What Are Your Financial Options if Your College Moves Online or Is Cancelled in the Fall?
New College Freshmen . . .
This is the time of year when high school seniors have traditionally made their final college selections, mailed in deposits, bought college apparel, contacted their future roommates, and gotten ready to make the exciting transition to college.
But now students, their families and colleges all seem to be in the same pickle, thanks to the coronavirus pandemic. Here are just a few of the issues that have risen to the surface.
- Students, especially those who will be starting their first year of college in the fall, do not know what to expect. Will they be going to campus for orientation over the summer? When will they meet their roommates face-to-face? Are they really going to move to campus, or will they be sitting at home attending classes online? And if that is the case, how long will that continue? Returning students are facing similar concerns. Will they be able to return to campus and pick up where they left off?
- Parents are having an especially difficult time figuring out what will happen. If college happens online or is delayed or canceled in the fall, can they get a refund? If family finances have been hurt during the crisis, can families apply for more financial aid? And are colleges planning to increase financial aid packages that they have already offered to students?
- Colleges are faced with unprecedented problems too, depending on their size, financial resources, admissions policies, and other variables. As we enter May, most colleges are still behaving as though they expect to open their campuses and hold classes as usual in the fall. But will that really happen? There are many questions. Smaller schools with small endowments are concerned that only a small percentage of the students they have accepted will decide to attend. If large numbers of families, hit by financial hardship, will apply for additional financial aid, how will that affect both college resources and the size of incoming classes? And colleges that have been attracting large numbers of foreign students know that could change this year.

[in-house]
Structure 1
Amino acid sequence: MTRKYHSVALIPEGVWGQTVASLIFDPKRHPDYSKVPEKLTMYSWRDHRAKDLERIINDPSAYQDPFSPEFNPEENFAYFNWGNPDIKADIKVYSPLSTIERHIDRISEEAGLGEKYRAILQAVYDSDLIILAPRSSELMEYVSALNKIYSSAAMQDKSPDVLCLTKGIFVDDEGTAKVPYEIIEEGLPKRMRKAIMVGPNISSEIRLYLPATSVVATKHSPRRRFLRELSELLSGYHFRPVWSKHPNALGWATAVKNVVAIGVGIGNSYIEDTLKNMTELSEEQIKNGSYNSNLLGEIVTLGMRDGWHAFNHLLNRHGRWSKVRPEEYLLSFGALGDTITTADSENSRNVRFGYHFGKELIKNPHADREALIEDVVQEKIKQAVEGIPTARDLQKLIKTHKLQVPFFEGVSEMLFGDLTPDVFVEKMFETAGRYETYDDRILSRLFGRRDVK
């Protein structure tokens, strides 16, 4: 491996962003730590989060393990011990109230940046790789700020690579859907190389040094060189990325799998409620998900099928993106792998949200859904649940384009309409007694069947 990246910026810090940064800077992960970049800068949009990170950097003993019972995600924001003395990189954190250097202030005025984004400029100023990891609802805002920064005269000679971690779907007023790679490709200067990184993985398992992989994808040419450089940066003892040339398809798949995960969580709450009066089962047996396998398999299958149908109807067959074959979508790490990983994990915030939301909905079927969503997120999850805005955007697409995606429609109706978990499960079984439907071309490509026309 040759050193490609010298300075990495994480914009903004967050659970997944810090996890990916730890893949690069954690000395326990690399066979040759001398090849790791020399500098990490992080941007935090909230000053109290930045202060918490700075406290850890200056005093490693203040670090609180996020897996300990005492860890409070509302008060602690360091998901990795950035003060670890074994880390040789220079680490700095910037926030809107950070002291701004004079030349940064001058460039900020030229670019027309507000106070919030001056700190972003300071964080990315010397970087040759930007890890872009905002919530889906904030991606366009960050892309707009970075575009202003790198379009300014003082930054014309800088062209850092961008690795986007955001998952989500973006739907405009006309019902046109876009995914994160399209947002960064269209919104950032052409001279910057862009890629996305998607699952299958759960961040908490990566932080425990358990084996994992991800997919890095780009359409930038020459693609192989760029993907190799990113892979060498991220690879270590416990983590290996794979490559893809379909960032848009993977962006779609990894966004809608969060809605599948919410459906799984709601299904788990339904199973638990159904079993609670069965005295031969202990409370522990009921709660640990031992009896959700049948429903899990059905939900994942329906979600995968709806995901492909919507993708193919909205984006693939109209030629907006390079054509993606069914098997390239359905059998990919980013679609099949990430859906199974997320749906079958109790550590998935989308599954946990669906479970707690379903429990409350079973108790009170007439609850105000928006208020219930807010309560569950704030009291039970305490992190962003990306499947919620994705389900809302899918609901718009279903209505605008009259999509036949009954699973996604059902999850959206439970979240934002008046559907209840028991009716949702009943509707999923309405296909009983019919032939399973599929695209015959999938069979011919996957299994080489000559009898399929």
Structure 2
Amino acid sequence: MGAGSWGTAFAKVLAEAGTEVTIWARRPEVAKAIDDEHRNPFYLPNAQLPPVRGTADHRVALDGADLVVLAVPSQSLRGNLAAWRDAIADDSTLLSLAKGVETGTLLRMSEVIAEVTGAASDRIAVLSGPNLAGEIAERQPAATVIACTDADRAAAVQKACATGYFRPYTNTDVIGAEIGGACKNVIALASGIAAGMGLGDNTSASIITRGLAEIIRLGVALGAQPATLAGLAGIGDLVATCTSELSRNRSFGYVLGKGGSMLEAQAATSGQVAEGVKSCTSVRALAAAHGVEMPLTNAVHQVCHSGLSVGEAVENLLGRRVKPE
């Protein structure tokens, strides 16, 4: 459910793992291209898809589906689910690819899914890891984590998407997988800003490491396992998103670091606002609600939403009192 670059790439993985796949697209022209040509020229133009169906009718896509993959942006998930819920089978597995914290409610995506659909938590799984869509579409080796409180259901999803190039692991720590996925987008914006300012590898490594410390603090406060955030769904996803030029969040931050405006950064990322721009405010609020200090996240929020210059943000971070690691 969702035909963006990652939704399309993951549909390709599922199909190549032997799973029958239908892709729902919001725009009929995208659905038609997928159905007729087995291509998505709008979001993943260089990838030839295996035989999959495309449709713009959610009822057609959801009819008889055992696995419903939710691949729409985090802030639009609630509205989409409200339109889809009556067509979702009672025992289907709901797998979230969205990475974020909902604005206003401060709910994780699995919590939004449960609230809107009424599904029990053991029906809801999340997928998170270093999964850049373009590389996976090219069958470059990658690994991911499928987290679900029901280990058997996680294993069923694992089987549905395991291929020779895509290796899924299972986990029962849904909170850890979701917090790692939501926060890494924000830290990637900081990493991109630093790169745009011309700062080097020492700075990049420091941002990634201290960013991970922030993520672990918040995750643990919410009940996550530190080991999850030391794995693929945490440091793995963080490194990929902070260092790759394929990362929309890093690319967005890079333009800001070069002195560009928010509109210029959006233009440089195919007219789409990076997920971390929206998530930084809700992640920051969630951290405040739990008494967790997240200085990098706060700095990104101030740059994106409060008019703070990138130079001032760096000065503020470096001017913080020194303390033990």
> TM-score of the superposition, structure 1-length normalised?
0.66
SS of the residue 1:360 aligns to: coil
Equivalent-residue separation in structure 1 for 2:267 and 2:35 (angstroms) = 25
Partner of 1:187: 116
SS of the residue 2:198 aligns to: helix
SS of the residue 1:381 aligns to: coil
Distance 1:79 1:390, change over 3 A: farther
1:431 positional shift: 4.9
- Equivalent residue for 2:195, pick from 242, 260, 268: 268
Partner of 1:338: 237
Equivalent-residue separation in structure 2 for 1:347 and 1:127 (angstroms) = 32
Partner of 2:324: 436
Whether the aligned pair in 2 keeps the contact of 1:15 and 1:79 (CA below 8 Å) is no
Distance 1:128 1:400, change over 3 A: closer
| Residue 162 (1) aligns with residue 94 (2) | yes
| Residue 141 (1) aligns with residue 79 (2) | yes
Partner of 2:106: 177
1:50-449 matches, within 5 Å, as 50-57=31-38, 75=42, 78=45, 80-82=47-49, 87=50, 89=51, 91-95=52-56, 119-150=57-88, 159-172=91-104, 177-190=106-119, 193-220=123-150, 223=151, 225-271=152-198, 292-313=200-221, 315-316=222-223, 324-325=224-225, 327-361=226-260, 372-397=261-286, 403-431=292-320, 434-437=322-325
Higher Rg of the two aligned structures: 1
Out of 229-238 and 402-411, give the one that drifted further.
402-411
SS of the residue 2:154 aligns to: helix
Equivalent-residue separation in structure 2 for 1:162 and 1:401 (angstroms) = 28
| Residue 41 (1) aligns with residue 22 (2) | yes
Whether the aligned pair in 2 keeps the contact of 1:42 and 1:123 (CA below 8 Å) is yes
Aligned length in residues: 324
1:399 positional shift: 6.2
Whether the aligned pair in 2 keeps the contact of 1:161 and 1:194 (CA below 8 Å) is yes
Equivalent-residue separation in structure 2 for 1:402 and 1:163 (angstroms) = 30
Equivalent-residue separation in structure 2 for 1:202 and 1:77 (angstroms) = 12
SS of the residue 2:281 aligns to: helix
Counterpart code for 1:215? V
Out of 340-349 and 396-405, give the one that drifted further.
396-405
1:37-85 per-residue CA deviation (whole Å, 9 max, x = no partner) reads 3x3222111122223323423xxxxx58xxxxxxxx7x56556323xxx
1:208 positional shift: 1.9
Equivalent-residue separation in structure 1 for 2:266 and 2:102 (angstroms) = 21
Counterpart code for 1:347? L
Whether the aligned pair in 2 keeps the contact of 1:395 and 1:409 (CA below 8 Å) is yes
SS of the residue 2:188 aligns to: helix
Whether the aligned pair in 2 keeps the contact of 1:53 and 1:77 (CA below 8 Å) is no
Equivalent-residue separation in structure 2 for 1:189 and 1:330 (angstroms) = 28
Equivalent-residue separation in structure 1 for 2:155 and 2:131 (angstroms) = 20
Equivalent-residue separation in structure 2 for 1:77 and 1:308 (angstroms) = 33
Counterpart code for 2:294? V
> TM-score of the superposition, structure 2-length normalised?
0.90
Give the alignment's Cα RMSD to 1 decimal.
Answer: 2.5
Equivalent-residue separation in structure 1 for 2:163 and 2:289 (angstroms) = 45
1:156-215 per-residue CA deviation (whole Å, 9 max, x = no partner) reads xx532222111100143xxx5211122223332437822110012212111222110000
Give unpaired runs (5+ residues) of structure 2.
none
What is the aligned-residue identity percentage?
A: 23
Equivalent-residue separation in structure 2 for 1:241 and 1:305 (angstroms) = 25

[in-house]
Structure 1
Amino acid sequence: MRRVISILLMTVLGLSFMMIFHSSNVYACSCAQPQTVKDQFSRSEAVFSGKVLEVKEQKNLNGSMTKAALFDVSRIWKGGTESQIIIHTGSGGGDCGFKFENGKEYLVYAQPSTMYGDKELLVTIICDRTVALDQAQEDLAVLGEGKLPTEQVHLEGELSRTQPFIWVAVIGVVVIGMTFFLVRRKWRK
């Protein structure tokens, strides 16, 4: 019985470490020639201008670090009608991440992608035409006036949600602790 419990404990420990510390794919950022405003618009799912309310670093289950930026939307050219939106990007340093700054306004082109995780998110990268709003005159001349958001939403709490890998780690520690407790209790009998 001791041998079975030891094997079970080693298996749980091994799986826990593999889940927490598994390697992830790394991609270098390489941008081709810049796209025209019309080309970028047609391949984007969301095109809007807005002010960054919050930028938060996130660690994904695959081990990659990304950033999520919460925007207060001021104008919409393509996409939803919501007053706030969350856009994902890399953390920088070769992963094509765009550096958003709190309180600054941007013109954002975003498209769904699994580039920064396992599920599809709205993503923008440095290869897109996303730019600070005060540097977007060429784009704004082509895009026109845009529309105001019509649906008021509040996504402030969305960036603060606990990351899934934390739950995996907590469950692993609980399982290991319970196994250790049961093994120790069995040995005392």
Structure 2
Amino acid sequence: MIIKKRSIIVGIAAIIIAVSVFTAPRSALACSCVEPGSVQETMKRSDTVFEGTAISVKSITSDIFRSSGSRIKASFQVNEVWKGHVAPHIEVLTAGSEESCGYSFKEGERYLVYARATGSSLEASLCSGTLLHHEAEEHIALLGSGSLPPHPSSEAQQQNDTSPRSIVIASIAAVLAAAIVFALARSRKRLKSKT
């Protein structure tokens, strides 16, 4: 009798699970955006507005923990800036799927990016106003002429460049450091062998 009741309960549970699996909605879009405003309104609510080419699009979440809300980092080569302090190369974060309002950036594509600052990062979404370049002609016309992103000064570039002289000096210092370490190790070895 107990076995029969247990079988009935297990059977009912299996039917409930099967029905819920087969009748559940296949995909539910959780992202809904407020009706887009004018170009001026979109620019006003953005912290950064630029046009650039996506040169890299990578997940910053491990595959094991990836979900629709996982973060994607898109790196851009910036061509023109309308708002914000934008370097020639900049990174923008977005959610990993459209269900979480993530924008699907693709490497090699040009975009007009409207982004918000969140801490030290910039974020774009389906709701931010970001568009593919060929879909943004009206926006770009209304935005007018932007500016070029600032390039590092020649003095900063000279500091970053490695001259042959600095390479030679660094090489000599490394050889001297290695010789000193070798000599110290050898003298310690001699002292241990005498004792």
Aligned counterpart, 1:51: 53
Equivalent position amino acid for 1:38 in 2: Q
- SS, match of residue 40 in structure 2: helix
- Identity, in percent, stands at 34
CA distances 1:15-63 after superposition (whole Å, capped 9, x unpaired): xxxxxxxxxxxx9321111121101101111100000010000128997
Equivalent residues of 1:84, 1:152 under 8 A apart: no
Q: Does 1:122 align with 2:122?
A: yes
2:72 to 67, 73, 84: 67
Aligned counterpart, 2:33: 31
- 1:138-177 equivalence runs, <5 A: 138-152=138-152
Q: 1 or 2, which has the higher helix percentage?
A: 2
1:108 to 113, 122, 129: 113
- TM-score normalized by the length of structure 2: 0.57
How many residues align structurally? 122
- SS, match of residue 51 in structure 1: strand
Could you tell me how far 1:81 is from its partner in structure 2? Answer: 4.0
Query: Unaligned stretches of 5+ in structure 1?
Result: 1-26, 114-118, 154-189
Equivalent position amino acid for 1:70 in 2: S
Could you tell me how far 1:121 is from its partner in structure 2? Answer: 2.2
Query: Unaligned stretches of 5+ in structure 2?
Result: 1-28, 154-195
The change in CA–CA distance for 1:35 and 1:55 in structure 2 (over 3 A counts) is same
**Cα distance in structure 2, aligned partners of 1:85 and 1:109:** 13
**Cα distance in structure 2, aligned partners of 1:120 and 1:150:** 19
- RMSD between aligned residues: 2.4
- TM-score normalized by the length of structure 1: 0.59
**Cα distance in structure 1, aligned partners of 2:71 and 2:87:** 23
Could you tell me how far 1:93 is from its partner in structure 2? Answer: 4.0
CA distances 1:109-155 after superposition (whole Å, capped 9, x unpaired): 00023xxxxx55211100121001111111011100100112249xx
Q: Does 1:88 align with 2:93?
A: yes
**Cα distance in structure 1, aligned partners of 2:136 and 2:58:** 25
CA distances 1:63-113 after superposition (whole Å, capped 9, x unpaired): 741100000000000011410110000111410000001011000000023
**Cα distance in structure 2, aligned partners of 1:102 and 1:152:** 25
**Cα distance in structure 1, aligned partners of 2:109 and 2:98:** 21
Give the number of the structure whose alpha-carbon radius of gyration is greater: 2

The Most Uncertain Fall Season Ever
If you are a parent or a student, how can you reduce uncertainties and increase the odds that college will get off to a normal – or nearly normal – start in the autumn?
Delay making a commitment to a college. As you know, May 1st is the day when American colleges have traditionally required commitments from incoming students. Some colleges, in recognition of the current crisis, have delayed that deadline by a month. Even if the college you are planning to attend hasn’t officially delayed its commitment date – or if you have already committed to attend – you can still contact the college and ask for an extension on the basis of financial hardship or even general uncertainty. Why should you? One reason is that in a month, you and the college will probably have a better idea of what will really happen in the fall – whether classes will resume and other basic issues. Also, another month could allow time to apply for student loans and take other steps to finance college expenses.
Establish a personal relationship with an admissions officer at the college you are planning to attend. It is an effective way to learn sooner about what could really be happening on campus in the fall. And if you need to apply for increased financial aid, your contact can offer advice and direction on how to proceed.
Above All, Think Like a Smart Customer
This year, perhaps more than ever before, colleges want you or your son or daughter to enroll and start college in the fall. They know that their ability to attract an incoming student class, and to have full classes of current students return to campus, is critical to maintaining their college rankings and to attract students in the future.
So whether you are an incoming student or the parent of one, you have more influence over your college than you might realize. Do not hesitate to call the financial aid office to ask for help in securing additional funding, for example. Do not hesitate to ask about whether refunds will be given if classes are canceled. Do not hesitate to ask whether athletic scholarships will be given, even if seasons are canceled.
And do not hesitate to ask about how the campus is being sanitized and made safe for students, faculty and staff.
We believe this year’s incoming class can still have a wonderful freshman year. But for that to happen, be sure to make the right preparations and ask the right questions today.
To Learn More about Career Planning and Jobs of the Future
We invite teachers and high school students to participate in our career and college research studies. Students who complete the free career test for high school students will receive information on college and career opportunities matched to their interests.
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